Residential Europe: Going global? Go local

Global residential strategies are a reality. But investors should be aware of the diversity of housing in Europe, writes Marcus Cieleback 

The real estate investment landscape is characterised by two interconnecting trends: the continuous increase in target real estate allocations and the globalisation of real estate investing. The significant beta and alpha opportunities associated with international investing play an important role as global markets are becoming easier for investors to navigate. The globalisation of real estate investing has finally arrived in the residential sector.

Looking at the available performance data, a picture emerges suggesting considerable diversification benefits from a global residential investment strategy.

Taking a closer look at the performance of the individual countries over the medium term (10 years), an interesting picture emerges. Higher volatility in residential investing generally does not seem to go hand-in-hand with substantially higher returns. Instead there is a high-volatility group of markets that includes the UK, Sweden, the US and Denmark, and a low-volatility group consisting of Canada, Finland, France, Germany, Japan, the Netherlands, Austria and Switzerland.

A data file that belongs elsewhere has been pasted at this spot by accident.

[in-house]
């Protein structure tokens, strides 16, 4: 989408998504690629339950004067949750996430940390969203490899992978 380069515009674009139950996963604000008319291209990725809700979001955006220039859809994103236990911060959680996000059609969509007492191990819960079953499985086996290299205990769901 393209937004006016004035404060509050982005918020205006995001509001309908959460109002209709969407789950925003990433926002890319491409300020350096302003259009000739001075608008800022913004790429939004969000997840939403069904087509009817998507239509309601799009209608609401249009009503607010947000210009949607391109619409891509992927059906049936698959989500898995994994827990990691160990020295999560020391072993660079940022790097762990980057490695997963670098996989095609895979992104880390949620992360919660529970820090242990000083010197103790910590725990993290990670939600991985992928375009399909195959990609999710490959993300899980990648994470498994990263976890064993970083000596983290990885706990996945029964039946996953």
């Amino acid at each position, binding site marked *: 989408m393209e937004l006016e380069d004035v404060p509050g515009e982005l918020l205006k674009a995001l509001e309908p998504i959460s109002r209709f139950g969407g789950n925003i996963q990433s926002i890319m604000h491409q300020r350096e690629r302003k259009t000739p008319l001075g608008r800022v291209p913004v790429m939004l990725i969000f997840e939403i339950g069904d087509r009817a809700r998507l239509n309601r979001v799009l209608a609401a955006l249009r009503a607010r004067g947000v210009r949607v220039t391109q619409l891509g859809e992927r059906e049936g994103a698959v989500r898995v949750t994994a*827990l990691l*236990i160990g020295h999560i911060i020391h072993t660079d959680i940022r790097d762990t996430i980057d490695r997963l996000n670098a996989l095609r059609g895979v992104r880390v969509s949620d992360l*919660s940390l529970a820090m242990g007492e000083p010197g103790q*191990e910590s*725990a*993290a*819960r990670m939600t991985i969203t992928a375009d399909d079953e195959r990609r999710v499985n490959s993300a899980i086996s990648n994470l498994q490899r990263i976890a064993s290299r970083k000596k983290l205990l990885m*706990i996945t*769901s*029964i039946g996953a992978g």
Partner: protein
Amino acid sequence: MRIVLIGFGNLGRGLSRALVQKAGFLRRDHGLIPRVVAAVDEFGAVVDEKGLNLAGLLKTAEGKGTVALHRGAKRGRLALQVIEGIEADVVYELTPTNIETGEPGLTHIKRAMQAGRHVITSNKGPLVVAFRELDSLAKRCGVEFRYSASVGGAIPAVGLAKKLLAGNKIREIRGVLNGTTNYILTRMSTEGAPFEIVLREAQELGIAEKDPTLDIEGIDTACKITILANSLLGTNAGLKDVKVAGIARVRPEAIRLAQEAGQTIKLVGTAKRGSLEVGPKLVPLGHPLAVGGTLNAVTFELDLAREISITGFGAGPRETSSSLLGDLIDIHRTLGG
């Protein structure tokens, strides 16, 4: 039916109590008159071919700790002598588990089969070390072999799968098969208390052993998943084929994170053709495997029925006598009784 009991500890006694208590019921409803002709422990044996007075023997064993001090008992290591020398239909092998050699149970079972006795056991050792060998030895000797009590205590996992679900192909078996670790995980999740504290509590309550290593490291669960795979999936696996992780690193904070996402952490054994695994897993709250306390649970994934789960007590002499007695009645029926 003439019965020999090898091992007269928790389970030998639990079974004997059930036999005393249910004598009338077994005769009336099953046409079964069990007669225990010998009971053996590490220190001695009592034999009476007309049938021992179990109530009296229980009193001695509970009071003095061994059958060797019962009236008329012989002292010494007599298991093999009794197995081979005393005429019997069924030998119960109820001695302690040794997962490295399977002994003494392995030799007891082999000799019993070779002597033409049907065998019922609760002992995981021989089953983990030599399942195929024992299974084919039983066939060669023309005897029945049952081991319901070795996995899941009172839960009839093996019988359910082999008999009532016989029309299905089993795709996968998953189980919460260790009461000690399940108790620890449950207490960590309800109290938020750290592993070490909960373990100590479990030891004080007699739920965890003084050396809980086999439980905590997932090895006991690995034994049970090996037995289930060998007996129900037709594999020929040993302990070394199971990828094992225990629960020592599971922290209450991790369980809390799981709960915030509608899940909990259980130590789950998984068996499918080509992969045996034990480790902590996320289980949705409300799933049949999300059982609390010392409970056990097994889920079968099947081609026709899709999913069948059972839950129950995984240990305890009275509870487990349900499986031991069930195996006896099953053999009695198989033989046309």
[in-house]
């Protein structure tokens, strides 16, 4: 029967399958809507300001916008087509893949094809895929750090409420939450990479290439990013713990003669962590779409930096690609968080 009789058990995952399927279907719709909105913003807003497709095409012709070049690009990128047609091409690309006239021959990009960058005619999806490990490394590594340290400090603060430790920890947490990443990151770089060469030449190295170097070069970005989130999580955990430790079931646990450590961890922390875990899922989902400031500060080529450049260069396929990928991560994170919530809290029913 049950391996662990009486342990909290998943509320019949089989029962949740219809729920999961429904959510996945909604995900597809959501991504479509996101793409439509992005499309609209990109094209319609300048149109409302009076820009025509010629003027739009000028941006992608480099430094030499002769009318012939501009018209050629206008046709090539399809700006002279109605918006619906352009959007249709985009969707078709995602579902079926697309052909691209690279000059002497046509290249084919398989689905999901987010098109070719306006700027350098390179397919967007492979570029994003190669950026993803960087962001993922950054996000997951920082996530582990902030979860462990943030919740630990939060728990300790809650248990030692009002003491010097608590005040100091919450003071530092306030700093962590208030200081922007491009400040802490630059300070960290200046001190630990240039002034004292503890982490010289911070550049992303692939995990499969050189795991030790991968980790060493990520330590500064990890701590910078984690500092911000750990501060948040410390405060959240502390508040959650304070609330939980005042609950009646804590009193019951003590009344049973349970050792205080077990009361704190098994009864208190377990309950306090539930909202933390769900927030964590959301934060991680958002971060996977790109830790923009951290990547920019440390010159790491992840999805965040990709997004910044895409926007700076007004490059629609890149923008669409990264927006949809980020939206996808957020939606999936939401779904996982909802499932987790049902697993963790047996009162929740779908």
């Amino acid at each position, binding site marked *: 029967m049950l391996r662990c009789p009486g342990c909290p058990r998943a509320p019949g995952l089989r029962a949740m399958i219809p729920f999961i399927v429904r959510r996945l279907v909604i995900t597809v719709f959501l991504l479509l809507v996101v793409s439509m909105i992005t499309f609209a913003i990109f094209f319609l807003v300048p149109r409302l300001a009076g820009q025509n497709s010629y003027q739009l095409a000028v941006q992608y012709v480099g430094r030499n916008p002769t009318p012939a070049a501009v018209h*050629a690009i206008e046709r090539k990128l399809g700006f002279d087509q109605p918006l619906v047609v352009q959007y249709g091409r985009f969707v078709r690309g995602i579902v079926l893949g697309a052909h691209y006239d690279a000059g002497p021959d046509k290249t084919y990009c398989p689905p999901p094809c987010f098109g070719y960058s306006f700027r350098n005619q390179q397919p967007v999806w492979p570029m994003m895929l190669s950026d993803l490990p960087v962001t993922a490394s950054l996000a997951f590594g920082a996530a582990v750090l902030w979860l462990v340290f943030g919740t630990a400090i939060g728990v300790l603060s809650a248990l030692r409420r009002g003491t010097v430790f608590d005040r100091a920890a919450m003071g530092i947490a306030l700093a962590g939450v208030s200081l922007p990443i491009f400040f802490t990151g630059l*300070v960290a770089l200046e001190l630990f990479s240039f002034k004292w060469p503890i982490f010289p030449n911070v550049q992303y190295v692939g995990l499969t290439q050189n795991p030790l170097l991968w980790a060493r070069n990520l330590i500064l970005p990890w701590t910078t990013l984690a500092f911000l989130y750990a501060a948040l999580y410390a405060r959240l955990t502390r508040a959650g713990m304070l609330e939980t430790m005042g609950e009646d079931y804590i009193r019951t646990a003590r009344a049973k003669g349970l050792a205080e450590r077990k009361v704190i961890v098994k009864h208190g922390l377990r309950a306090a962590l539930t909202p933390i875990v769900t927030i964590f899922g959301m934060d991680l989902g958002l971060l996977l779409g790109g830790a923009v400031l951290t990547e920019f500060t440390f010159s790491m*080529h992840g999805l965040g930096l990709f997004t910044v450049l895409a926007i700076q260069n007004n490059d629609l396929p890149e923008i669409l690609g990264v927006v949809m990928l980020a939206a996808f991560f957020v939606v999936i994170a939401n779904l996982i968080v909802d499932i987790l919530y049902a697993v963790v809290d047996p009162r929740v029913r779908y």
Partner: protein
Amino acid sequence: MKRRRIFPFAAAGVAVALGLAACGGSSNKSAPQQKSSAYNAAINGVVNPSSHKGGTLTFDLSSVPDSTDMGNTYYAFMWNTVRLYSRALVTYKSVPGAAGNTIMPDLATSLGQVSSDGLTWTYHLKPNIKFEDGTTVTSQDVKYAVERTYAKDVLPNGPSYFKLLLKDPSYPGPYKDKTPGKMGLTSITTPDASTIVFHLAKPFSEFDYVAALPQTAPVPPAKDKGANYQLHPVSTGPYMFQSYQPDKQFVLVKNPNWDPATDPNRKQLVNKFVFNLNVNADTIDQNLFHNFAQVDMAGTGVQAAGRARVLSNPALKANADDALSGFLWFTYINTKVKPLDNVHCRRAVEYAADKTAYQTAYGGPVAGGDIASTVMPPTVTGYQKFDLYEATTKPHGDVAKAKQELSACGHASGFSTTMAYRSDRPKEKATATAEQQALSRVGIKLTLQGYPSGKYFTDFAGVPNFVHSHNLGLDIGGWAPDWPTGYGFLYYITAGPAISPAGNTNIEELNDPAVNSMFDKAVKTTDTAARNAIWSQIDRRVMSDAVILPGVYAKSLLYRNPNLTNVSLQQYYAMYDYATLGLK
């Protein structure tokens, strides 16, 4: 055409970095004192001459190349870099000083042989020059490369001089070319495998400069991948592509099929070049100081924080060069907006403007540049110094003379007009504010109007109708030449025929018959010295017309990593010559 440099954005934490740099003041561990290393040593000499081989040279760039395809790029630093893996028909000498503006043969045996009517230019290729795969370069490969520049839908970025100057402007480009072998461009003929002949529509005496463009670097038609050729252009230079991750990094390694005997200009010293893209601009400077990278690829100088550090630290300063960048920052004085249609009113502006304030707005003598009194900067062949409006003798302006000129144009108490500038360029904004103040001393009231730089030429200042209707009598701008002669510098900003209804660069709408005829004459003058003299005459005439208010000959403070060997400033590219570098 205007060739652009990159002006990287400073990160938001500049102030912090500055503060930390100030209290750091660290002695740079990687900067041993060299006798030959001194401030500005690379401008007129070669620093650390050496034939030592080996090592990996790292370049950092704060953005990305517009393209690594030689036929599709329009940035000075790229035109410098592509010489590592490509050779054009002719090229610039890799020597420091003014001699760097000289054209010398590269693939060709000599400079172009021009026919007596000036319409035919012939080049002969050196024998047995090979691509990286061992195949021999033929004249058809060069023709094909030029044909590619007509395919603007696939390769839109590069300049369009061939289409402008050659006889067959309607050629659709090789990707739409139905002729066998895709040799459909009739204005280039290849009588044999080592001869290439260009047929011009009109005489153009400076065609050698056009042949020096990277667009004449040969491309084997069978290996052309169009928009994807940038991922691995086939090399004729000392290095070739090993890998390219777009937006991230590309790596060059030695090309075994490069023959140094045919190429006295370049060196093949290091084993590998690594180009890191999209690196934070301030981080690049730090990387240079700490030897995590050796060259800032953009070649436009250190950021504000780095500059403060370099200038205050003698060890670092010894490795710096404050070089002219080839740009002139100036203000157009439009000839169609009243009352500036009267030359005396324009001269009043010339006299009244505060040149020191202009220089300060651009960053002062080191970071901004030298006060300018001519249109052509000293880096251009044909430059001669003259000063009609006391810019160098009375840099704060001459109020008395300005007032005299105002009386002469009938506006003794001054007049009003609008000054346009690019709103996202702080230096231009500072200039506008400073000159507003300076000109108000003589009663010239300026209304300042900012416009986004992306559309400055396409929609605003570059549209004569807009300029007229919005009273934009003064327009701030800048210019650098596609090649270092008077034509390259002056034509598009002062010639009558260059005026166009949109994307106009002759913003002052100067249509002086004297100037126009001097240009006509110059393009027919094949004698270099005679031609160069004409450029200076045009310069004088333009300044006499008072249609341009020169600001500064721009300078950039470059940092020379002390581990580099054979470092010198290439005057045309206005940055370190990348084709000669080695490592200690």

To understand the differences in the aggregated figures, one has to look at the political, demographic and institutional landscape in each country. As a consequence, these historical numbers can only function as a starting point for developing a residential investment strategy – for example, the institutional changes in the Netherlands, the UK, Germany and Denmark in recent years imply very different expected returns in comparison with historical observations. As a consequence, any global or pan-European residential investment strategy must build on a comprehensive national – or local – network. A detailed understanding of the regulatory framework of a country is necessary to find the best investment options. 

As the residential investing enters the mainstream, it is becoming more varied. New sub-sectors are emerging and niche segments are becoming more popular. As a consequence, the residential investment universe is larger and more diverse than it has ever been. 

Within the sector there is a growing range of investment products, with varying characteristics and risk profiles. As a result, investors targeting residential investments have a choice of investment products offering a mix of income and capital returns. Three broad sub-categories can be identified: the traditional residential segment, the operator/brand-driven segment and the private-owner-driven segment.

Based on the risk-return profiles of the three sub-categories, a wide variety of investment strategies can be implemented. The traditional residential sector offers the lowest return perspectives in combination with low risk, while the operator/brand or private-owner-driven segments offer higher returns – often IRR-oriented – with a wide risk spectrum, depending on the investment.